Stack Exchange, quite rightly, does not tolerate overt criticism of stated points of view but in this case I am invited by the OP to analyse, and to affirm or destruct, the argument of an answer. I shall therefore do exactly that and address my remarks to the answer itself, not to the answerer.
Also, at the outset, I want to make it clear that I wholly agree with James Strong who states, in his concordance entry for teleios, perfect, the following :-
Teleios Strong 5046 :
the perfect state of all things, to be ushered in by the return of Christ from heaven, 1 Corinthians 13:10;
The answer takes an adjective ’perfect’ from James’s phrase ’the perfect law of liberty’ and then proceeds also to take the definite article (which belongs to the noun ’law’). In so doing, an attempt is made to turn ’perfect’ into a noun. This is neither agreeable to the English language nor is it agreeable to what James has stated in Greek.
‘The perfect’ is a proper way to speak of persons, personifying the adjective as though it were the people it describes. The saying actually means ‘the perfect persons’ and the ellipsis (the missing word) is permissible. Blessed are the perfect, one might say. But it is definitely not alright to noun an adjective as though it were a thing, in and of itself. It must attach to something. That is to say, someone must attach it, using grammar.
The nomos of liberty is what James is saying is perfect. He does not say anything else is perfect. Nor is he using that adjective as a thing. He is describing another thing - the law, nomos. To wrench the adjective away, then rip away also the article, and to then pretend that one has carried away a thing that James was describing is just wrong. One has left the thing he was describing, which was nomos.
Nomos has a great breadth of meaning as BDB, Thayer, Liddel & Scott and Young all attest to. ‘Ordinance, law, custom’ and even a mere attribution, that is to say, something that simply belongs, are all covered by the word. So demonstrate the lexicons - especially my thousand page, 1864 American edition of Liddel & Scott - in more detail than I can here report.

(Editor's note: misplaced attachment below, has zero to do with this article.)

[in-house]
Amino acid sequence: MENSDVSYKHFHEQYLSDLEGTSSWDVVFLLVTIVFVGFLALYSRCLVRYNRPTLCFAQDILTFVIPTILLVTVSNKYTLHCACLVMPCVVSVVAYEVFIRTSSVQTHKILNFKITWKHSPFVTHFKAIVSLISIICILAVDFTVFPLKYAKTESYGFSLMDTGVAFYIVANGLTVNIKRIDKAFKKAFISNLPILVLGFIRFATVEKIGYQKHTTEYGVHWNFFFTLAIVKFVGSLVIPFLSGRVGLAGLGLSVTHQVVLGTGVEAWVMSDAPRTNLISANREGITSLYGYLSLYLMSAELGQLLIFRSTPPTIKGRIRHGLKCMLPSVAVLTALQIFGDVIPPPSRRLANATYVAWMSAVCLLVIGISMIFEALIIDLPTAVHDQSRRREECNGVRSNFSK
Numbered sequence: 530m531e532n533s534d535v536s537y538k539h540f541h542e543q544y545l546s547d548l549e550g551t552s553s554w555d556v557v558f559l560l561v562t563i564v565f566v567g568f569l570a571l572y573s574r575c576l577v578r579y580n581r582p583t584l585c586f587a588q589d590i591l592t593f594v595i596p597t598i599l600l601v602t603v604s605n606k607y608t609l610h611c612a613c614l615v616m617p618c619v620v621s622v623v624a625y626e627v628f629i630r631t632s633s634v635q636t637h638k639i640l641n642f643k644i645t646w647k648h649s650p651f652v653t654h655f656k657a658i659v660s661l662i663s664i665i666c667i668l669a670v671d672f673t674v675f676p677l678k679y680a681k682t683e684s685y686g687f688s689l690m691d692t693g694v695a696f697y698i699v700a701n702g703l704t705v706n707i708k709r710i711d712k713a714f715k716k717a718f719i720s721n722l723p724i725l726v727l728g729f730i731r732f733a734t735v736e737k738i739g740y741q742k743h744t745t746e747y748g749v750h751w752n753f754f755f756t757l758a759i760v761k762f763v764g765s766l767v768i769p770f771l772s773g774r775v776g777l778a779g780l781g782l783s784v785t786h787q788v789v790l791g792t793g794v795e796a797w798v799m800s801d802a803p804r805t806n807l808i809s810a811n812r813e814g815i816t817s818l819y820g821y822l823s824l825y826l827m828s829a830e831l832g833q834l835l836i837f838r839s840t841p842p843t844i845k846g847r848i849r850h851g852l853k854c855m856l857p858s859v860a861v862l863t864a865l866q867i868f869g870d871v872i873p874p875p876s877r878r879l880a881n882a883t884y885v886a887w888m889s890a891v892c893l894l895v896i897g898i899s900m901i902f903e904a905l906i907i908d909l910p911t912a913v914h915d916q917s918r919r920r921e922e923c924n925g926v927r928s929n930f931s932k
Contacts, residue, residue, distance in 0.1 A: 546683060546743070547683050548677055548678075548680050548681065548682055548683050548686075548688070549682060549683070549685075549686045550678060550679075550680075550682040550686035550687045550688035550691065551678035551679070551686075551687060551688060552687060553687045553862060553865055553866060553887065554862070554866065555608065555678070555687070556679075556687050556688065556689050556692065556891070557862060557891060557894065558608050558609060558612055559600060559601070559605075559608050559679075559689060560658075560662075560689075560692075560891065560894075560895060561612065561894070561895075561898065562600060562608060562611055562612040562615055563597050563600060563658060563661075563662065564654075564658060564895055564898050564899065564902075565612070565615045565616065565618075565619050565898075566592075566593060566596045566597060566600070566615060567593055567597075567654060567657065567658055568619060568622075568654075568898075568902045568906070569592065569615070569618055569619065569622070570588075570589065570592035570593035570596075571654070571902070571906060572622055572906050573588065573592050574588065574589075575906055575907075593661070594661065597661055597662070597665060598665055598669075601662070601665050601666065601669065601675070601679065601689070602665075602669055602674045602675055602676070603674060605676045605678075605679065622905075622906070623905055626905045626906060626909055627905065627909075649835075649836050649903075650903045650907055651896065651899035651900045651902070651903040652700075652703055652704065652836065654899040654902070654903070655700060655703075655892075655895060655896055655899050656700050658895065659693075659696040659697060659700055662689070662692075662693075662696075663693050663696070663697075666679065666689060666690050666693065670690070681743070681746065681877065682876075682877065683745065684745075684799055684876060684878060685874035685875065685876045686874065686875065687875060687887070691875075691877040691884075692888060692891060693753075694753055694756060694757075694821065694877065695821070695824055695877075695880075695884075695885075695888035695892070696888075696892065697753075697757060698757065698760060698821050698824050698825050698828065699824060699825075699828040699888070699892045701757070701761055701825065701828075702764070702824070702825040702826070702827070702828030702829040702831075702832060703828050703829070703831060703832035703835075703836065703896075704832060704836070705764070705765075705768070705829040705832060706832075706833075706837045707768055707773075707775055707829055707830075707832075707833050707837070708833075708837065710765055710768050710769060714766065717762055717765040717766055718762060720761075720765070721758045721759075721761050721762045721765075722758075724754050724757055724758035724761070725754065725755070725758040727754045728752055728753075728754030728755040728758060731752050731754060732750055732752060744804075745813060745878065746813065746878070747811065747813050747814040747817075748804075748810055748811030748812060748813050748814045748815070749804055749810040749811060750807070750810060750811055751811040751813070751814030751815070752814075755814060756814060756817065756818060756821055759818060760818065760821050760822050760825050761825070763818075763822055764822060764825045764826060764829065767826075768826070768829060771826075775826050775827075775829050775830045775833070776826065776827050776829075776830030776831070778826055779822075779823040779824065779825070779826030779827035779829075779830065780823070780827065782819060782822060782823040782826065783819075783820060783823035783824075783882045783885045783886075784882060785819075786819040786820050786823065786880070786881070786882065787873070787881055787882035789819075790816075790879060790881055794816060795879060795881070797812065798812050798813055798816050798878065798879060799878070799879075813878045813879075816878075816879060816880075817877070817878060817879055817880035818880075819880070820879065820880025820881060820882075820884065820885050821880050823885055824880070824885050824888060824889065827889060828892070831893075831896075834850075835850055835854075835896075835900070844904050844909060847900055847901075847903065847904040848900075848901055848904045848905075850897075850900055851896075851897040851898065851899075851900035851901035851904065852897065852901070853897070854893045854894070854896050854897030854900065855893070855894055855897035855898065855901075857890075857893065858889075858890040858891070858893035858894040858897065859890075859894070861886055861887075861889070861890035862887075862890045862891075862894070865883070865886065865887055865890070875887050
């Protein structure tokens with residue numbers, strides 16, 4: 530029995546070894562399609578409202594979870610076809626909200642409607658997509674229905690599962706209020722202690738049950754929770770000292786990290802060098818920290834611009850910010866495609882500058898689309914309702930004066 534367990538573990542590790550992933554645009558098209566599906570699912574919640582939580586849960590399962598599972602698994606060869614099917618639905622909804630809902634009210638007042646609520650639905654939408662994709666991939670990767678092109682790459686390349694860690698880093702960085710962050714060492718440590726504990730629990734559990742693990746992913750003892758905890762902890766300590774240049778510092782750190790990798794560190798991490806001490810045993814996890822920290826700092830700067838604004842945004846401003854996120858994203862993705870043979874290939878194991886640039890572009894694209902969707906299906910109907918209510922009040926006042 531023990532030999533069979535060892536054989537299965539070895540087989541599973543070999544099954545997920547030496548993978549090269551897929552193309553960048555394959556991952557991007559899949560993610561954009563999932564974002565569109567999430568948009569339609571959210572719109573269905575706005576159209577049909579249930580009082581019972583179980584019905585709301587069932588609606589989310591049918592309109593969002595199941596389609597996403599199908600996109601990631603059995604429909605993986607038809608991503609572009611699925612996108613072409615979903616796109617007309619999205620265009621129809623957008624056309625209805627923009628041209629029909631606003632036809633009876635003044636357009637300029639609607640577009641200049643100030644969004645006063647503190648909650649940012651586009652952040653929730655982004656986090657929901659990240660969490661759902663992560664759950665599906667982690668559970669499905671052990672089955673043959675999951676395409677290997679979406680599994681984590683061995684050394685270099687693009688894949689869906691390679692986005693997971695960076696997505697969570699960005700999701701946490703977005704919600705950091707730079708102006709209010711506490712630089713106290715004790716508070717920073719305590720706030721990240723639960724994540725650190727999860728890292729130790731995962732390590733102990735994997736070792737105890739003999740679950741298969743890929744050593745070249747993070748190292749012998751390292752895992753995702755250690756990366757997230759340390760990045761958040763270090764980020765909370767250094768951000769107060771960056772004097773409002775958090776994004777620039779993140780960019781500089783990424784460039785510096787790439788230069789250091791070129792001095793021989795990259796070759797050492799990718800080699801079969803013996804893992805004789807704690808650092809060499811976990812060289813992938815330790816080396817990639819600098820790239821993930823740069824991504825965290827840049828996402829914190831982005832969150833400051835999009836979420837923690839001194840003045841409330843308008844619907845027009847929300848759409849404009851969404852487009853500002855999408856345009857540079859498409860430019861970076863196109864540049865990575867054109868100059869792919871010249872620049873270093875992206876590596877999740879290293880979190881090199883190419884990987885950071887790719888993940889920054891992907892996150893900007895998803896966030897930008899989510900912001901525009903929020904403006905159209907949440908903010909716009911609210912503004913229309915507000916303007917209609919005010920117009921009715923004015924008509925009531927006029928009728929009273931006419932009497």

Liberty is what James draws attention to. The dependability of liberty. The constancy of liberty. The customary state of liberty. He is not drawing attention to a system of regulation, a book of words, a collection of ideals and exhortations and standards and requirements - all catalogued into an archive of statements.
No, quite the opposite. He states the nomos, the custom, the regularity, the dependability of liberty itself. Given liberty, one needs no other law. One is free. That, argues James, is how liberty works, in a dependable fashion. If the Son shall make you free, John 8:36, ye shall be free indeed, says also Jesus.
And Paul affirms it, Romans 8:2, for the nomos of the Spirit (that of life in Christ Jesus) hath made me free from the nomos of sin and death.
And this way of liberty, this custom of being free, this attribute of being unencumbered, is perfect. Whoso observes it, closely, and continues in such a sabbath of rest (not erring into a way of legal works) shall be blessed in his deeds (of faith and love).
So the answer, blinkered to anything other than legalities, has absconded with ‘perfect’ and ‘the’ thinking that it has encapsulated James’s concept, because the answer saw ‘law’ and assumed there was a code of conduct embedded in it.
Having wrenched away the adjective and torn away the article, the answer thinks that the concept ‘stated code of conduct’ came with it. But that concept wasn’t there in the first place. For that is not perfect which the answer has attempted to imply was in James’s words.
The writer to the Hebrews makes that plain, for the law (that is, in context, the commandments delivered by Moses in the old covenant) made nothing perfect, Hebrews 7:19, but [effected] the bringing in of a better hope. No, and it never will perfect anything which is why it was superseded by a better Testament. Nor is that what James is implying - the perfecting (supposedly) of humanity by a stated, organised and structured system of administered commandments.
So the answer is left holding ‘the’ and ‘perfect’. Ever so vaguely embarrassed, by what the answer now realises is inadequate, the answer throws up some bullet points to try and convince us that this whole thing is legitimate.
James/resurrection; mirror/glass darkly/brasen sea/priests ; . . . Etc.
But first would have to be proved that James, the brother of John, wrote the epistle titled ‘James’ some time after the Diaspora and some time before Herod executed him. Otherwise it is James of Alpheus, brother of Jude, who was not the principle witness of the resurrection.